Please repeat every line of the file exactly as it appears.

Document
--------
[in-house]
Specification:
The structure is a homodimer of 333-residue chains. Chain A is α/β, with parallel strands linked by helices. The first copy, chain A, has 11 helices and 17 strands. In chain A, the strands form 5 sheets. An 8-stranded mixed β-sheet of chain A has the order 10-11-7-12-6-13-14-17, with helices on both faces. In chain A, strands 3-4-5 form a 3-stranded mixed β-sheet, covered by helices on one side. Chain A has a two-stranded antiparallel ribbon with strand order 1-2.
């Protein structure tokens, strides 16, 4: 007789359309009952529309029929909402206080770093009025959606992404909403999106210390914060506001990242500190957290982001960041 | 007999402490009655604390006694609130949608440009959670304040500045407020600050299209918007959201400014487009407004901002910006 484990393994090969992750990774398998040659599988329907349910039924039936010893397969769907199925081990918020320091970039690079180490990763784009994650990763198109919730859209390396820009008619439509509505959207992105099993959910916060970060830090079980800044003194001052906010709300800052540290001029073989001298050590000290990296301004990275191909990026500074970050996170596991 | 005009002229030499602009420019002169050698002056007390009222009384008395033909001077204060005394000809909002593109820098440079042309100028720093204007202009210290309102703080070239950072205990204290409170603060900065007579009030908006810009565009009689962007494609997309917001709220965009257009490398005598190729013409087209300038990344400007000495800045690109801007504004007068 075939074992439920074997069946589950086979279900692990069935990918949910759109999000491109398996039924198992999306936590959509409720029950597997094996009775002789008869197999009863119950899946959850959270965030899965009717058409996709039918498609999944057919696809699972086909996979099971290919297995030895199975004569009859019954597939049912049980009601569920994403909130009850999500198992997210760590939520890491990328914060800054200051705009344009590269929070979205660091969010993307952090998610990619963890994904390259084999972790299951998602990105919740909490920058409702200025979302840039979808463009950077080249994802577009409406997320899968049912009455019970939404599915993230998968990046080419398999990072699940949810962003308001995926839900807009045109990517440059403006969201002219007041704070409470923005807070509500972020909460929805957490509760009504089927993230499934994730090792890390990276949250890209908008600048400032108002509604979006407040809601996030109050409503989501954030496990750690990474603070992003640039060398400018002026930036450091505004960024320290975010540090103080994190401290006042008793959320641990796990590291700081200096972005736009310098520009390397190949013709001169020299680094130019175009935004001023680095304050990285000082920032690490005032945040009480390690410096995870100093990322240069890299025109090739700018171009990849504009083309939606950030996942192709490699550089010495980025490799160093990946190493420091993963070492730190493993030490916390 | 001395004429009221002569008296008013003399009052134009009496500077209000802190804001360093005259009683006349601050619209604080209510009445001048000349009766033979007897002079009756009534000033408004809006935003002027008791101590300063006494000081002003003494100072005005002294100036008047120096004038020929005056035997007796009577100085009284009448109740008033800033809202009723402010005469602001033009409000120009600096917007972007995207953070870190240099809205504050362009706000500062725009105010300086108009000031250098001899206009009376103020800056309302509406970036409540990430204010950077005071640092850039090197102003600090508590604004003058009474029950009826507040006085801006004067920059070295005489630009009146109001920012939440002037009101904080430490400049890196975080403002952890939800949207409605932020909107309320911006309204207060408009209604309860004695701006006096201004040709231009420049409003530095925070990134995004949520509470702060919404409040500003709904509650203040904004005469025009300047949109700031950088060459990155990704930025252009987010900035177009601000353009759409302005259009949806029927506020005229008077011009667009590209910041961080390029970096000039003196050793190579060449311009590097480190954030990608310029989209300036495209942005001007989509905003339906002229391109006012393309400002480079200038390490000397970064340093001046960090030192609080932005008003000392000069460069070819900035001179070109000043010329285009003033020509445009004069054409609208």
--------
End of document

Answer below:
[in-house]
Specification:
The structure is a homodimer of 333-residue chains. Chain A is α/β, with parallel strands linked by helices. The first copy, chain A, has 11 helices and 17 strands. In chain A, the strands form 5 sheets. An 8-stranded mixed β-sheet of chain A has the order 10-11-7-12-6-13-14-17, with helices on both faces. In chain A, strands 3-4-5 form a 3-stranded mixed β-sheet, covered by helices on one side. Chain A has a two-stranded antiparallel ribbon with strand order 1-2.
């Protein structure tokens, strides 16, 4: 007789359309009952529309029929909402206080770093009025959606992404909403999106210390914060506001990242500190957290982001960041 | 007999402490009655604390006694609130949608440009959670304040500045407020600050299209918007959201400014487009407004901002910006 484990393994090969992750990774398998040659599988329907349910039924039936010893397969769907199925081990918020320091970039690079180490990763784009994650990763198109919730859209390396820009008619439509509505959207992105099993959910916060970060830090079980800044003194001052906010709300800052540290001029073989001298050590000290990296301004990275191909990026500074970050996170596991 | 005009002229030499602009420019002169050698002056007390009222009384008395033909001077204060005394000809909002593109820098440079042309100028720093204007202009210290309102703080070239950072205990204290409170603060900065007579009030908006810009565009009689962007494609997309917001709220965009257009490398005598190729013409087209300038990344400007000495800045690109801007504004007068 075939074992439920074997069946589950086979279900692990069935990918949910759109999000491109398996039924198992999306936590959509409720029950597997094996009775002789008869197999009863119950899946959850959270965030899965009717058409996709039918498609999944057919696809699972086909996979099971290919297995030895199975004569009859019954597939049912049980009601569920994403909130009850999500198992997210760590939520890491990328914060800054200051705009344009590269929070979205660091969010993307952090998610990619963890994904390259084999972790299951998602990105919740909490920058409702200025979302840039979808463009950077080249994802577009409406997320899968049912009455019970939404599915993230998968990046080419398999990072699940949810962003308001995926839900807009045109990517440059403006969201002219007041704070409470923005807070509500972020909460929805957490509760009504089927993230499934994730090792890390990276949250890209908008600048400032108002509604979006407040809601996030109050409503989501954030496990750690990474603070992003640039060398400018002026930036450091505004960024320290975010540090103080994190401290006042008793959320641990796990590291700081200096972005736009310098520009390397190949013709001169020299680094130019175009935004001023680095304050990285000082920032690490005032945040009480390690410096995870100093990322240069890299025109090739700018171009990849504009083309939606950030996942192709490699550089010495980025490799160093990946190493420091993963070492730190493993030490916390 | 001395004429009221002569008296008013003399009052134009009496500077209000802190804001360093005259009683006349601050619209604080209510009445001048000349009766033979007897002079009756009534000033408004809006935003002027008791101590300063006494000081002003003494100072005005002294100036008047120096004038020929005056035997007796009577100085009284009448109740008033800033809202009723402010005469602001033009409000120009600096917007972007995207953070870190240099809205504050362009706000500062725009105010300086108009000031250098001899206009009376103020800056309302509406970036409540990430204010950077005071640092850039090197102003600090508590604004003058009474029950009826507040006085801006004067920059070295005489630009009146109001920012939440002037009101904080430490400049890196975080403002952890939800949207409605932020909107309320911006309204207060408009209604309860004695701006006096201004040709231009420049409003530095925070990134995004949520509470702060919404409040500003709904509650203040904004005469025009300047949109700031950088060459990155990704930025252009987010900035177009601000353009759409302005259009949806029927506020005229008077011009667009590209910041961080390029970096000039003196050793190579060449311009590097480190954030990608310029989209300036495209942005001007989509905003339906002229391109006012393309400002480079200038390490000397970064340093001046960090030192609080932005008003000392000069460069070819900035001179070109000043010329285009003033020509445009004069054409609208």